This is a small unit which Roberts describe as portable and indeed it works in all modes via six AA batteries but even when used in DAB or FM mode time between charges is not great, when used in Internet or UPnP mode even less.
The main body is 21x11.5x4cm this does not include the six piece rod aerial that would add 64cm to the middle figure the height when fully deployed but this is not required for Wi-Fi and UPnP use. As a portable the weight is important it is 781grams with the six ‘AA’ batteries inserted in its back (166grams). As a mains unit the story is good the single speaker is the left third of the front.
Most radios I have reviewed from Pure rely on mains power, some have worked on batteries if you play extra for a ChargePAK, however this unit is designed to work on its internal batteries charged by USB, no mains lead in sight.
It is 15x8x2.5cm and weights 296grams. In use the second figure the height can be as much as 50cm when the 42cm six piece rod aerial is fully extended. The connections are on the right side at the top a silvered lock button. Below this the micro USB connection, Auxiliary I and Headphone 3.5mm sockets and finally a Pin Hole reset button. The back has an easel type stand that tilts the radio back by around 15degrees when extended. The top and the left side are clear.
DAB radios come in all shapes and sizes including the ET appearance of the BUG. While the Pure Twilight model does not quite fall into the BUG category, its shape does help it stand out from the pack.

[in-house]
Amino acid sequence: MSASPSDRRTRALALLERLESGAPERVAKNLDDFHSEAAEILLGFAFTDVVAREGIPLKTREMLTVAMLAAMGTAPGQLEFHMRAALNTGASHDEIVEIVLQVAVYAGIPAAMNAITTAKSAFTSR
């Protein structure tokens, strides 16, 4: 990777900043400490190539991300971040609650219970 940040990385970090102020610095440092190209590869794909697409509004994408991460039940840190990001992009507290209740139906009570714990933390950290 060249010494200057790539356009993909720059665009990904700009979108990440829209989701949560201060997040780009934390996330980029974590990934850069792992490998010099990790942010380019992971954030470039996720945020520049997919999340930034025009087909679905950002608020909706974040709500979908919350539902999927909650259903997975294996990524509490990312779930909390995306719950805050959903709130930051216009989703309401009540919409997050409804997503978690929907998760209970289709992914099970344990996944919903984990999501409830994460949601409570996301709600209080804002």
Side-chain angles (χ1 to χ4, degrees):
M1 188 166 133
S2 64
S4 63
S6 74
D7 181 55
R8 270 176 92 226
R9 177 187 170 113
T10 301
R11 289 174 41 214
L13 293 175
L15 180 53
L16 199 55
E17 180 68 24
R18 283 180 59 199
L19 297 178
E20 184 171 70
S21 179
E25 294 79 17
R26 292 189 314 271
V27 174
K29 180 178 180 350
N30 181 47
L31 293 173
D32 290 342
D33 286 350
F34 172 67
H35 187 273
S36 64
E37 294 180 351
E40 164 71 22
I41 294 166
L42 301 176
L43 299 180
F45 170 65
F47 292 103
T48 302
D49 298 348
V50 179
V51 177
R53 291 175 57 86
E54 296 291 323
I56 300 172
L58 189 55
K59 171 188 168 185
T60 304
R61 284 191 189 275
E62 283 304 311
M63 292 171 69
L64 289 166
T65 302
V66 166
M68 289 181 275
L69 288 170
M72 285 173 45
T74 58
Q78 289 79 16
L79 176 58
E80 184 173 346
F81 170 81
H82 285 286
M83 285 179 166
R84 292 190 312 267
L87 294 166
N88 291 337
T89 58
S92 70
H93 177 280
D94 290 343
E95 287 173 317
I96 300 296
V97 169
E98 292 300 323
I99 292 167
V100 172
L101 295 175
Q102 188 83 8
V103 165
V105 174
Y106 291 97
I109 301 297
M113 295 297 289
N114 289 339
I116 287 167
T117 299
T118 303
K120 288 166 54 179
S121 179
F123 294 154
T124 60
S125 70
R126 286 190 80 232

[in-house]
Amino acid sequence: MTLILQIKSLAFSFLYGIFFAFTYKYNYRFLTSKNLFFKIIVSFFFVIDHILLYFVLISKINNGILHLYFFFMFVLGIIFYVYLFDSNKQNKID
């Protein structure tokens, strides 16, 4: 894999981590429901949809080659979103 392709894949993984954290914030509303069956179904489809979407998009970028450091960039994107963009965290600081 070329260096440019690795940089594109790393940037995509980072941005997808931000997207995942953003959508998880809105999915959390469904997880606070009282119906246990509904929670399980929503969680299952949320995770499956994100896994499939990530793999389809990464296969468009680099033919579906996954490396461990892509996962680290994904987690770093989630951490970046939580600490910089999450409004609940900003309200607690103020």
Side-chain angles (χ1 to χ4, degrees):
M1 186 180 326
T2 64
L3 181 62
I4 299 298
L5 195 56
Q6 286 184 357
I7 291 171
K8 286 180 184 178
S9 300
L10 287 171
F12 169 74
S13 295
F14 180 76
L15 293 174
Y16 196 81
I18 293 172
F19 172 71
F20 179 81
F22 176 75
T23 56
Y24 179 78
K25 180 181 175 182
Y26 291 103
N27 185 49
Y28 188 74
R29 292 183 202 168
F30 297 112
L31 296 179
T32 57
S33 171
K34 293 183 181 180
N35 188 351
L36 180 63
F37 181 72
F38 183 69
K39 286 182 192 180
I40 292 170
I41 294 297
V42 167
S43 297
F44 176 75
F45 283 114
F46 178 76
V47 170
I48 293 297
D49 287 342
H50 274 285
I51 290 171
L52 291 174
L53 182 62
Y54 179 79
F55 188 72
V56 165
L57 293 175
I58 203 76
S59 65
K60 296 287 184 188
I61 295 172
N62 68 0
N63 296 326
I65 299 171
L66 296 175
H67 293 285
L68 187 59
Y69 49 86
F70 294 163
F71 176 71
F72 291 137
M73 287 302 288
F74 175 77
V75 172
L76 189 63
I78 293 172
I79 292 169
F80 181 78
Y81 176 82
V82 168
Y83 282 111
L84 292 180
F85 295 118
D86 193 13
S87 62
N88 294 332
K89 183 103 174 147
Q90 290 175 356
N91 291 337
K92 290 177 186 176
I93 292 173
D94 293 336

My first thoughts on seeing this DAB/FM radio were “was it modelled on the Kilroy graffiti of old or maybe the top half of Humpty Dumpty”. The Twilight is a domed shaped unit with a translucent lamp module perched on top of the main radio component and is certainly eye-catching with its modern day styling. Measuring 360 x 180 x 120mm (W x H x D), the Twilight is a fairly sturdy piece of kit that weighs in at 1.65kg.
While Pure were the first to offer SD card recording with The Bug many years ago. This version of Pure One, the 'Classic Series II', has a different approach by recording onto internal memory this allow you to listen later at a time to suit you.
Outwardly it looks like a Pure One however there is of course a big difference in that it has the ability to record in your absence. It measures 21x14x7cm with the second figure, the height, increased by up to 76cm dependant on how much you extend the eight piece rod aerial. The right side has a column of three connections, mini USB, earbuds and Line In.
While Pure are best known for DAB radios, this is certainly far more than that, I can remember a couple of units that have CD and another few that have Internet Radio, here the Sirocco 550 has the whole range of items.
The unit is 22.5x33.5x12cm, the middle figure (depth) is with the supplied wire radio aerial inserted in the rear and the last figure (height) without an iPod or iPhone inserted, even one of the smaller iPods will add around 8cm. The speakers are quite beefy at 17x25x26cm, these have 13cm mid range speakers and 2.5cm tweeters all in black wood.